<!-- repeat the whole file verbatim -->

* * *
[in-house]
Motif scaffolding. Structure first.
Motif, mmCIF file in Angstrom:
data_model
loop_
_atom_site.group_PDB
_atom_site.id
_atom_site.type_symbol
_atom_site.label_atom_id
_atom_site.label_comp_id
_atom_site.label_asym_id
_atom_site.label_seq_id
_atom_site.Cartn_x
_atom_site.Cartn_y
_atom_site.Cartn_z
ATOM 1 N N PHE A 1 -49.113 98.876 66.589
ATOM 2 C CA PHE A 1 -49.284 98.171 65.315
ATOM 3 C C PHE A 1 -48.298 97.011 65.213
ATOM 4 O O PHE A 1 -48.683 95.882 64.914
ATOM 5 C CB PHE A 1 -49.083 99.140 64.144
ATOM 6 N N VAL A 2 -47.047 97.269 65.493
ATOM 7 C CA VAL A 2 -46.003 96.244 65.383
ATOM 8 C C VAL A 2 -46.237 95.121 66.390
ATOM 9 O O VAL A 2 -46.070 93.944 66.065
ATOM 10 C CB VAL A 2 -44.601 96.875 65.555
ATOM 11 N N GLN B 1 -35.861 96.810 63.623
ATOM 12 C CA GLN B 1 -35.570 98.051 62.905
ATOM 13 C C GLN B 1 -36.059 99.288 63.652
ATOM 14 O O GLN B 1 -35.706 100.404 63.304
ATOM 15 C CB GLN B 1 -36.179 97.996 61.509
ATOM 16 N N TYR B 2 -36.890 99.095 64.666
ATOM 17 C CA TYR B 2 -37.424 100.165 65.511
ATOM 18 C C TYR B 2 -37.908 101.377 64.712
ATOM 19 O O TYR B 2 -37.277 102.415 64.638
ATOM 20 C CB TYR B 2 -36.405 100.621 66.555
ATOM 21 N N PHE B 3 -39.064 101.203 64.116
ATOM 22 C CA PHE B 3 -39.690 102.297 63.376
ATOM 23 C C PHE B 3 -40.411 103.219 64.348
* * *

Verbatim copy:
[in-house]
Motif scaffolding. Structure first.
Motif, mmCIF file in Angstrom:
data_model
loop_
_atom_site.group_PDB
_atom_site.id
_atom_site.type_symbol
_atom_site.label_atom_id
_atom_site.label_comp_id
_atom_site.label_asym_id
_atom_site.label_seq_id
_atom_site.Cartn_x
_atom_site.Cartn_y
_atom_site.Cartn_z
ATOM 1 N N PHE A 1 -49.113 98.876 66.589
ATOM 2 C CA PHE A 1 -49.284 98.171 65.315
ATOM 3 C C PHE A 1 -48.298 97.011 65.213
ATOM 4 O O PHE A 1 -48.683 95.882 64.914
ATOM 5 C CB PHE A 1 -49.083 99.140 64.144
ATOM 6 N N VAL A 2 -47.047 97.269 65.493
ATOM 7 C CA VAL A 2 -46.003 96.244 65.383
ATOM 8 C C VAL A 2 -46.237 95.121 66.390
ATOM 9 O O VAL A 2 -46.070 93.944 66.065
ATOM 10 C CB VAL A 2 -44.601 96.875 65.555
ATOM 11 N N GLN B 1 -35.861 96.810 63.623
ATOM 12 C CA GLN B 1 -35.570 98.051 62.905
ATOM 13 C C GLN B 1 -36.059 99.288 63.652
ATOM 14 O O GLN B 1 -35.706 100.404 63.304
ATOM 15 C CB GLN B 1 -36.179 97.996 61.509
ATOM 16 N N TYR B 2 -36.890 99.095 64.666
ATOM 17 C CA TYR B 2 -37.424 100.165 65.511
ATOM 18 C C TYR B 2 -37.908 101.377 64.712
ATOM 19 O O TYR B 2 -37.277 102.415 64.638
ATOM 20 C CB TYR B 2 -36.405 100.621 66.555
ATOM 21 N N PHE B 3 -39.064 101.203 64.116
ATOM 22 C CA PHE B 3 -39.690 102.297 63.376
ATOM 23 C C PHE B 3 -40.411 103.219 64.348